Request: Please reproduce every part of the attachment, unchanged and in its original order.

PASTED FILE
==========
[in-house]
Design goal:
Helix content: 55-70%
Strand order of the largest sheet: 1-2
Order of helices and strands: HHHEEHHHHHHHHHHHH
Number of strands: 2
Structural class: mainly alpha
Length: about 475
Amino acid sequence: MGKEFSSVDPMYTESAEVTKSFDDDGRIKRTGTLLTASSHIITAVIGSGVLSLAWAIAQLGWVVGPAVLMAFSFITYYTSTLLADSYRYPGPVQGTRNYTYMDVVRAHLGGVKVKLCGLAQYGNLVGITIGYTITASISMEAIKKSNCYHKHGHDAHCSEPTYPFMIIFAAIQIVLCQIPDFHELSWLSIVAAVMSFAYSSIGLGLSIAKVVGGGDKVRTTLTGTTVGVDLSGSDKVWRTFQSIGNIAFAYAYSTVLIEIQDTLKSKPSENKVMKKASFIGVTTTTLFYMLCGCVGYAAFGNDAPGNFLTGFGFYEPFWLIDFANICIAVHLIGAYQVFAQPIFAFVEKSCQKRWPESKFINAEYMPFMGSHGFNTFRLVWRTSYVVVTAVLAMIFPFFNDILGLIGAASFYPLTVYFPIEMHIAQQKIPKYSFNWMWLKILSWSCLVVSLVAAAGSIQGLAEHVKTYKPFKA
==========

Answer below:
[in-house]
Design goal:
Helix content: 55-70%
Strand order of the largest sheet: 1-2
Order of helices and strands: HHHEEHHHHHHHHHHHH
Number of strands: 2
Structural class: mainly alpha
Length: about 475
Amino acid sequence: MGKEFSSVDPMYTESAEVTKSFDDDGRIKRTGTLLTASSHIITAVIGSGVLSLAWAIAQLGWVVGPAVLMAFSFITYYTSTLLADSYRYPGPVQGTRNYTYMDVVRAHLGGVKVKLCGLAQYGNLVGITIGYTITASISMEAIKKSNCYHKHGHDAHCSEPTYPFMIIFAAIQIVLCQIPDFHELSWLSIVAAVMSFAYSSIGLGLSIAKVVGGGDKVRTTLTGTTVGVDLSGSDKVWRTFQSIGNIAFAYAYSTVLIEIQDTLKSKPSENKVMKKASFIGVTTTTLFYMLCGCVGYAAFGNDAPGNFLTGFGFYEPFWLIDFANICIAVHLIGAYQVFAQPIFAFVEKSCQKRWPESKFINAEYMPFMGSHGFNTFRLVWRTSYVVVTAVLAMIFPFFNDILGLIGAASFYPLTVYFPIEMHIAQQKIPKYSFNWMWLKILSWSCLVVSLVAAAGSIQGLAEHVKTYKPFKA